|Journal||Canadian Public Policy|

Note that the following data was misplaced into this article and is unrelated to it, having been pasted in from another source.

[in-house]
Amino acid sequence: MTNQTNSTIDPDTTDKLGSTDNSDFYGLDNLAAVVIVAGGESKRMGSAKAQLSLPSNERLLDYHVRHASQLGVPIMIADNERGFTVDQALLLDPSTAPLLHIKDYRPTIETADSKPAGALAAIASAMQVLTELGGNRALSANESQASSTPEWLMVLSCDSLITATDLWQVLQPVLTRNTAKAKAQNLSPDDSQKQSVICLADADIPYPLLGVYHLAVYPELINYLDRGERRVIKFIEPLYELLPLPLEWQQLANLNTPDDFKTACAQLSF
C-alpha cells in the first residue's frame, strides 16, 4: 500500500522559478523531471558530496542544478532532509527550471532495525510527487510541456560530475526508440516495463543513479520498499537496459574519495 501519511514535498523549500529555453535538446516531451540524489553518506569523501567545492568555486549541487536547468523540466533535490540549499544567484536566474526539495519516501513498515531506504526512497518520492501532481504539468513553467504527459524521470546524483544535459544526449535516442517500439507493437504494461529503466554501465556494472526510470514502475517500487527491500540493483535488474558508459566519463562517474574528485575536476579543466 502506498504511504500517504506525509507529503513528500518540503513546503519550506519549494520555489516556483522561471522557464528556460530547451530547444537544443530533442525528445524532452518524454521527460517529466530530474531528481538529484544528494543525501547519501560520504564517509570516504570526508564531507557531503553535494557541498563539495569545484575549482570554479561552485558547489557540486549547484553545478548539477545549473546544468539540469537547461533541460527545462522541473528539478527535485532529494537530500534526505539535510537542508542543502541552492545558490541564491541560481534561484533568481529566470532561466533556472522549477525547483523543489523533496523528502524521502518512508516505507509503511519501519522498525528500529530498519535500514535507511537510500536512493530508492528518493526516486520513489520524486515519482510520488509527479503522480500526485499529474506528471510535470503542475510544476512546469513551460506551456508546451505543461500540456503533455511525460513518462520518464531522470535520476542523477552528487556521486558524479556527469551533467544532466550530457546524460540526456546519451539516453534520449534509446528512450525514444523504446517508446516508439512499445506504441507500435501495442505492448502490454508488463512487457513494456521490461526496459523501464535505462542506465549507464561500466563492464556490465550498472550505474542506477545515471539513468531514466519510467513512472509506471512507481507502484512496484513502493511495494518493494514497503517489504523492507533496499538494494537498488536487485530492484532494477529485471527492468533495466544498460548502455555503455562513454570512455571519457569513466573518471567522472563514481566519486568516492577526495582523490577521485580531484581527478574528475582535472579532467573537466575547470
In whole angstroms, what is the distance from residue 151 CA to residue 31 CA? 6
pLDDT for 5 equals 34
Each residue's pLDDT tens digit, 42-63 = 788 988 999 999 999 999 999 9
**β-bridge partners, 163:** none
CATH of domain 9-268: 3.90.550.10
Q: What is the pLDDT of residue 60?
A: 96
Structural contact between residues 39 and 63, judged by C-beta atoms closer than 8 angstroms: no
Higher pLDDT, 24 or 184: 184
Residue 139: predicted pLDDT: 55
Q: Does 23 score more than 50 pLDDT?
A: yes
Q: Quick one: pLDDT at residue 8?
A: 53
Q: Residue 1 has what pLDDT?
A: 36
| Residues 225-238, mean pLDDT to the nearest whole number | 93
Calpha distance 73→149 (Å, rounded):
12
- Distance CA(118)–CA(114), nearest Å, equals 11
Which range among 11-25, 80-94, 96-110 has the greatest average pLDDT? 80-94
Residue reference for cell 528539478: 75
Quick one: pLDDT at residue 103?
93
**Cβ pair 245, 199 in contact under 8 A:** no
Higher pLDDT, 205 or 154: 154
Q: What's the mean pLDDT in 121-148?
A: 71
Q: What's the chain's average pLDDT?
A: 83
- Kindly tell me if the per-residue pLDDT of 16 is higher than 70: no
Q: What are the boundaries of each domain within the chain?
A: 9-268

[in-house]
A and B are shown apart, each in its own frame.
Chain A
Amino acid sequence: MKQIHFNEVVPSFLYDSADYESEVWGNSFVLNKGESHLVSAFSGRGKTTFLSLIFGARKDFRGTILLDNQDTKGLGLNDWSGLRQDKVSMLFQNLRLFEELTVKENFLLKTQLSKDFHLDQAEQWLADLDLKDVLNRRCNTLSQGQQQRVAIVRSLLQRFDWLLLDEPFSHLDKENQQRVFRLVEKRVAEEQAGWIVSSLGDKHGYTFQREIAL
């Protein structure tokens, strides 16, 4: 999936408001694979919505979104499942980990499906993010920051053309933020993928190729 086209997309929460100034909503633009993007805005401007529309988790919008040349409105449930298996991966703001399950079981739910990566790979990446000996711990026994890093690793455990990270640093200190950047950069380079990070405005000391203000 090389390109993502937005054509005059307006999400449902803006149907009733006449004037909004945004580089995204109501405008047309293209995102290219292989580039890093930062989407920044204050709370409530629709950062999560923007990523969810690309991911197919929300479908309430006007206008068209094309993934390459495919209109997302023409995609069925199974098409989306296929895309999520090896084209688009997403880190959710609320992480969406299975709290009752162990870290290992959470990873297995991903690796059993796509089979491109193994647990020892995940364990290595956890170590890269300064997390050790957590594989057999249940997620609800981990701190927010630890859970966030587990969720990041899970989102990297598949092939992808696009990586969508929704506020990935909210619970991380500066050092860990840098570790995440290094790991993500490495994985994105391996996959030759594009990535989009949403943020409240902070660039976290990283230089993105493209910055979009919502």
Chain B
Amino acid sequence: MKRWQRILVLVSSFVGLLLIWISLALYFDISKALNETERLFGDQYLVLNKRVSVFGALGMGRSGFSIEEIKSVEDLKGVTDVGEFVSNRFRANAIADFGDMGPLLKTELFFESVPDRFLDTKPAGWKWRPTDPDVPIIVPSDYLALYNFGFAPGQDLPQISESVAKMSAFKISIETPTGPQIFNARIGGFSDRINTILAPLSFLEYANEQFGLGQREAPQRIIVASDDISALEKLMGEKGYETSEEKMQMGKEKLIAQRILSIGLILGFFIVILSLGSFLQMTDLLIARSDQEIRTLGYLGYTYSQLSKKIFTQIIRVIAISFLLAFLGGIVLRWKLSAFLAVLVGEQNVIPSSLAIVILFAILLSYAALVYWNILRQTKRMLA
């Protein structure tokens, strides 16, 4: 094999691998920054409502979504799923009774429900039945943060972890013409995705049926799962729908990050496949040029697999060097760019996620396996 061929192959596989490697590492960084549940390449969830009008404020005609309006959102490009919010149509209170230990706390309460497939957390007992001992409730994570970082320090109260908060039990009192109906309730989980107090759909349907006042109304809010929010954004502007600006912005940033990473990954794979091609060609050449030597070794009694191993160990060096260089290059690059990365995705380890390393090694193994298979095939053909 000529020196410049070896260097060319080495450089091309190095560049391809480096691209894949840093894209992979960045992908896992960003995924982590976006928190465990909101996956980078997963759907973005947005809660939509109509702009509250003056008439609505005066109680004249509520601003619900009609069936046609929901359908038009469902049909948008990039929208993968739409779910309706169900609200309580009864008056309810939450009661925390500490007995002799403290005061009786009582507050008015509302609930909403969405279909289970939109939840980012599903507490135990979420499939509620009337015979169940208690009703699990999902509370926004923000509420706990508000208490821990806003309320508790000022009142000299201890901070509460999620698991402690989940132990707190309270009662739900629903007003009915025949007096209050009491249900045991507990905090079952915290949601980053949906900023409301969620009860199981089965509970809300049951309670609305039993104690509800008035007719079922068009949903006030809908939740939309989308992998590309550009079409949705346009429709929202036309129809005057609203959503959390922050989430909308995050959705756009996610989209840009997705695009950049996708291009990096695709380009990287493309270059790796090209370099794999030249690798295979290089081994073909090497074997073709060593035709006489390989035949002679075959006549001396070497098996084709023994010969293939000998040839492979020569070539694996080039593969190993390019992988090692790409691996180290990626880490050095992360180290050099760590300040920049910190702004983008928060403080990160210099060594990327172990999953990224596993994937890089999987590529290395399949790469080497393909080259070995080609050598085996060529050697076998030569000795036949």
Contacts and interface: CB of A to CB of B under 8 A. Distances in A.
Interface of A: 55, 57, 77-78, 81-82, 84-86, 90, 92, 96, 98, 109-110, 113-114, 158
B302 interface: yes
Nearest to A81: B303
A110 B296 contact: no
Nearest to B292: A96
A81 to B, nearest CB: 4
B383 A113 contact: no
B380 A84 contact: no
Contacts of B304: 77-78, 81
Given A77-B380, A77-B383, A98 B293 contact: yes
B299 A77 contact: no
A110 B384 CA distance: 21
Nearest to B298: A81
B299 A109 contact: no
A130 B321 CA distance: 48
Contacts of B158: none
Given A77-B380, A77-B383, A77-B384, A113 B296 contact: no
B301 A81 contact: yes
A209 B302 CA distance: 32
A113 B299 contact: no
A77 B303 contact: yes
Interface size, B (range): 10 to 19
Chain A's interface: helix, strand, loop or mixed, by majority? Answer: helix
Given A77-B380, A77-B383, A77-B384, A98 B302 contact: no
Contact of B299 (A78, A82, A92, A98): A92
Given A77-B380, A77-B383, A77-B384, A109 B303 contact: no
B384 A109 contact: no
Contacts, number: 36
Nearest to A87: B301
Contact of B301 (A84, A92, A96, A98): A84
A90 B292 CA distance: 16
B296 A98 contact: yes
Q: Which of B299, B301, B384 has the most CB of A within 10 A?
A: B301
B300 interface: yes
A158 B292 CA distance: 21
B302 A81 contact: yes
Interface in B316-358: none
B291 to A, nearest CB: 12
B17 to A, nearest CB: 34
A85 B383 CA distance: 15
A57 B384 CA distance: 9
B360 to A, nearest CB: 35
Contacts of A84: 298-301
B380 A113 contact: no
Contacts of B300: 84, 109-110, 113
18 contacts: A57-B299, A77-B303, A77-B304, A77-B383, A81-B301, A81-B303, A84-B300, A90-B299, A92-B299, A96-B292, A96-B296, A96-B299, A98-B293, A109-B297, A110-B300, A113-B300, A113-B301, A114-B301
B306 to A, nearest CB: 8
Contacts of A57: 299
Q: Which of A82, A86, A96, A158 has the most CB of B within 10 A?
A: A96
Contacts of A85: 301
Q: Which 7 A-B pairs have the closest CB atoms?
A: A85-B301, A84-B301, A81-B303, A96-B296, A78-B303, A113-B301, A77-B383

We investigate the post-layoff configuration of income sources and pathways of prime-age and older laid- off workers exhibiting a high degree of prior attachment. Using a unique Canadian administrative database that links the event of the involuntary layoff with detailed data on income receipt, we track all of their sources of income over an interval spanning five years after layoff. We conduct a multivariate statistical analysis of the incidence of relying on income from several alternative sources, specifically early retirement (both public and private), reemployment, self-employment, or reliance on social insurance benefits (other than pensions). The two most common states for laid-off workers who have not yet reached normal retirement age are early retirement and continued labour market activity. Our findings indicate that the older workers are at the point of layoff, the greater the likelihood is that they will rely on pension income as their primary income source. This incidence of reliance on pension income also increases with the number of years elapsed since the point of layoff.